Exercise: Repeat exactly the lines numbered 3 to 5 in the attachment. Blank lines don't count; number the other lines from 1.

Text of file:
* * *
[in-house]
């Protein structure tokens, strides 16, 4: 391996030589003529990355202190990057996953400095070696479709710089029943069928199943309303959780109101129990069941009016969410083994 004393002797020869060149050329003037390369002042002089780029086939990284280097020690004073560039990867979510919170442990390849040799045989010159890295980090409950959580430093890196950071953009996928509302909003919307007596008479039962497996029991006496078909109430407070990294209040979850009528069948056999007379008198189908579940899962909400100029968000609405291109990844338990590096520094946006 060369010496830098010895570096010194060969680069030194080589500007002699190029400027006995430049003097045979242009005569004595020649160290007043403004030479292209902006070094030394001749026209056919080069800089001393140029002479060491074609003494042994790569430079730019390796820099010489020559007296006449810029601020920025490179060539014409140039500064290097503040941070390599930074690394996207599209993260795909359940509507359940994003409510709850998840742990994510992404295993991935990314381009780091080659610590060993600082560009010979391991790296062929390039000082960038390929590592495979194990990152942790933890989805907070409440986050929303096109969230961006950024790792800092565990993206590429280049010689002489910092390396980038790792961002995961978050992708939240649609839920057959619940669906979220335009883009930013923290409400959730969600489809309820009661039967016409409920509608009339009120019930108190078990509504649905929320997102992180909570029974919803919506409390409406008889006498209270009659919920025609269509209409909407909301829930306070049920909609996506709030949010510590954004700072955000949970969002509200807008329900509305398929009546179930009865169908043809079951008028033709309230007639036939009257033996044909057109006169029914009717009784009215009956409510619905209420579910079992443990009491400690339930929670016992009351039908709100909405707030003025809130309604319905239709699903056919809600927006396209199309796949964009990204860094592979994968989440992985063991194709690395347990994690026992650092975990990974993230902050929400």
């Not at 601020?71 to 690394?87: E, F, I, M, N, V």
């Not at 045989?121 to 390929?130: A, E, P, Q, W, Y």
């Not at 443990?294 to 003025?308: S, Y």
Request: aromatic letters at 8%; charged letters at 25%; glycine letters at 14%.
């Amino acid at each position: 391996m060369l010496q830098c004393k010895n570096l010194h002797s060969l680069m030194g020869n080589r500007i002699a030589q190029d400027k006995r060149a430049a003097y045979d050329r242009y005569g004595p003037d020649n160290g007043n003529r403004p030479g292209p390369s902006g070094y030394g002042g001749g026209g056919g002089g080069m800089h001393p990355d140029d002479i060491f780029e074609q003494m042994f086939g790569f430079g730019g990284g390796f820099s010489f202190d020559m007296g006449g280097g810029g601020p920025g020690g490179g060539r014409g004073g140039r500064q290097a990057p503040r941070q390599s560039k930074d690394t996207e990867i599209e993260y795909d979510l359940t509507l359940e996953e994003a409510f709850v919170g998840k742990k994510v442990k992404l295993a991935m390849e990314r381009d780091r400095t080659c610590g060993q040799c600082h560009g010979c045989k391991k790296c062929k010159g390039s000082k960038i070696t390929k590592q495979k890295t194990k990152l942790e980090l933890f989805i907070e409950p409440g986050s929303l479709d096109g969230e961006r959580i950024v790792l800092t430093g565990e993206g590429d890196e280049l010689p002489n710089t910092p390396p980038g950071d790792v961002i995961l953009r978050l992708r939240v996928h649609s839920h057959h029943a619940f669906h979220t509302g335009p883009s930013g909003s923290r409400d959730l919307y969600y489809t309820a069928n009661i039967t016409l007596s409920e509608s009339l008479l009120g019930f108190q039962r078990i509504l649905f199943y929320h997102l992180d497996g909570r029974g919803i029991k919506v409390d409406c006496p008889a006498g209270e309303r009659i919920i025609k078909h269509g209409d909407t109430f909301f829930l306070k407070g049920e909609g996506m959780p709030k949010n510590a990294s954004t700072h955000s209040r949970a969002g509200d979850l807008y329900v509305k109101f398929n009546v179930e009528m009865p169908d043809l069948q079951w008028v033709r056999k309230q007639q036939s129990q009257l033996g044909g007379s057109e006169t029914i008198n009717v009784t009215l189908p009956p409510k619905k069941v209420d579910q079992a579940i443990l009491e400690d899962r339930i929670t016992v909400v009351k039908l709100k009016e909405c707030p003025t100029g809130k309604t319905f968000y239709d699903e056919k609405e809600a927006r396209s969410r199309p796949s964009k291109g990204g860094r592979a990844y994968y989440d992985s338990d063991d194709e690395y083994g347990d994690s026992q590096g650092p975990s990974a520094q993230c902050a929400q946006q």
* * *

């Not at 601020?71 to 690394?87: E, F, I, M, N, V």
């Not at 045989?121 to 390929?130: A, E, P, Q, W, Y």
């Not at 443990?294 to 003025?308: S, Y």